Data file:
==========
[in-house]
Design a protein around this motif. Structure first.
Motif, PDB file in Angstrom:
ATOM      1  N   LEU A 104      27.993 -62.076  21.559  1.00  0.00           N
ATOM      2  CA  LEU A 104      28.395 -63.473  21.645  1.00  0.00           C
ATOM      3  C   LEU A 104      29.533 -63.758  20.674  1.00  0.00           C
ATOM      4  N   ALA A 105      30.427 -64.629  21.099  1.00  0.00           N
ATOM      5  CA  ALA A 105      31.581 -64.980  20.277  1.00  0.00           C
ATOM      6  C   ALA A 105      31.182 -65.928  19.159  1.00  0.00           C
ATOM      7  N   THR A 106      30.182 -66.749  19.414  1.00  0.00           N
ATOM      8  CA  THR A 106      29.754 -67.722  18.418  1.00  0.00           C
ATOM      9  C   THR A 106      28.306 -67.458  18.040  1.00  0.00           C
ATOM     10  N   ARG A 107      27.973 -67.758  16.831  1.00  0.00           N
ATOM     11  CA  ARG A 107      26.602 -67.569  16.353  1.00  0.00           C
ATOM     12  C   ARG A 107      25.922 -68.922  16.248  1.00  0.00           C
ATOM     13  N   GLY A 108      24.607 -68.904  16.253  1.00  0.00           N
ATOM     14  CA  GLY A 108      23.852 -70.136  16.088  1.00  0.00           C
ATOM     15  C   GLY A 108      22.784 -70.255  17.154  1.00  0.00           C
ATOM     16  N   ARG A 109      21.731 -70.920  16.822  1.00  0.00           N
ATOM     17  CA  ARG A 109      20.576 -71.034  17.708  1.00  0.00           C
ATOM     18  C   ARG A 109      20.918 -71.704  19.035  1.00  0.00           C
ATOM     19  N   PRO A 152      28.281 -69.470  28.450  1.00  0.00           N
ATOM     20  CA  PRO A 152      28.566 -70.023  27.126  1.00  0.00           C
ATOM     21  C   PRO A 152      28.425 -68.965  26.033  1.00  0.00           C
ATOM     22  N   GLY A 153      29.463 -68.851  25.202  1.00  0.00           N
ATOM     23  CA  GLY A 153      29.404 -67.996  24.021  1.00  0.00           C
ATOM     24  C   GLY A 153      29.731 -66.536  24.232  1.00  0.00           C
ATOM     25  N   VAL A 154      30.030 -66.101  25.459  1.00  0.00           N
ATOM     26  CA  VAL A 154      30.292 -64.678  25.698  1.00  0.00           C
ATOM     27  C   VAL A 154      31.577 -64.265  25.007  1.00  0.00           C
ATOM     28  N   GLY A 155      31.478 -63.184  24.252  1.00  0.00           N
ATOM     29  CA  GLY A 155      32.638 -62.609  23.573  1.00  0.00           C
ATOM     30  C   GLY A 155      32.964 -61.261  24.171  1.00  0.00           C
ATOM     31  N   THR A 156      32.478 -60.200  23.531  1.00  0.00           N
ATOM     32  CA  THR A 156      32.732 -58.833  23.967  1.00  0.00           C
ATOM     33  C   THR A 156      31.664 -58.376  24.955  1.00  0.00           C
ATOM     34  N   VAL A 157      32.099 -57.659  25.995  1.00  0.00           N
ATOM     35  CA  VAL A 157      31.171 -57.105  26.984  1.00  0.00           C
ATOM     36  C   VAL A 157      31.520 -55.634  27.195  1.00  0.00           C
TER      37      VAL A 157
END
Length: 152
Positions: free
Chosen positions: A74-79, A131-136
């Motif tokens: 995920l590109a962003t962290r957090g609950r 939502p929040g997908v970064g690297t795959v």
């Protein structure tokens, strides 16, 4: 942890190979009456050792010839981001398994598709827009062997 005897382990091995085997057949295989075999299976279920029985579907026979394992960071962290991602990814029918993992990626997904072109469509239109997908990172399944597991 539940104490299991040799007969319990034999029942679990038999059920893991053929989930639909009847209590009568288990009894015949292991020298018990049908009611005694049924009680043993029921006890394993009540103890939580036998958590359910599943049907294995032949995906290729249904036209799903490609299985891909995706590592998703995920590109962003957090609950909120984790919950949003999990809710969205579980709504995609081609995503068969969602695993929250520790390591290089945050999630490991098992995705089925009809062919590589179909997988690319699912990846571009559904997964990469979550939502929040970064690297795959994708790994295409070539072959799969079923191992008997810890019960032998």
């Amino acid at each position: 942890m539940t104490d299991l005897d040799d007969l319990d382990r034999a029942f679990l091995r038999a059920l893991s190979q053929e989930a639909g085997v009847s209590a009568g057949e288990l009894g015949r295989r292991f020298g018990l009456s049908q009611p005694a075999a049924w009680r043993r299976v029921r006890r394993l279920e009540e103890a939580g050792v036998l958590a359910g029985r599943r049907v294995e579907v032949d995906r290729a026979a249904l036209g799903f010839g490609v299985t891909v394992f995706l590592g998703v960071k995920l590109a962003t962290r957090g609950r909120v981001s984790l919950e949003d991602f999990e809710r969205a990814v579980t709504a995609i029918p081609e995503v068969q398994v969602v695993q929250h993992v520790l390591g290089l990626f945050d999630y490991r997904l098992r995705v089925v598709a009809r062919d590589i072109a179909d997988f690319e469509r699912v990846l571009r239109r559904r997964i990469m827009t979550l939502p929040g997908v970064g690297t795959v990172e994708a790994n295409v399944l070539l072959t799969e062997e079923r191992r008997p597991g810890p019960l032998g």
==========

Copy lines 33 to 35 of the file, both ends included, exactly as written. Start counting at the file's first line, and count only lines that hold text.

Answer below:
ATOM     30  C   GLY A 155      32.964 -61.261  24.171  1.00  0.00           C
ATOM     31  N   THR A 156      32.478 -60.200  23.531  1.00  0.00           N
ATOM     32  CA  THR A 156      32.732 -58.833  23.967  1.00  0.00           C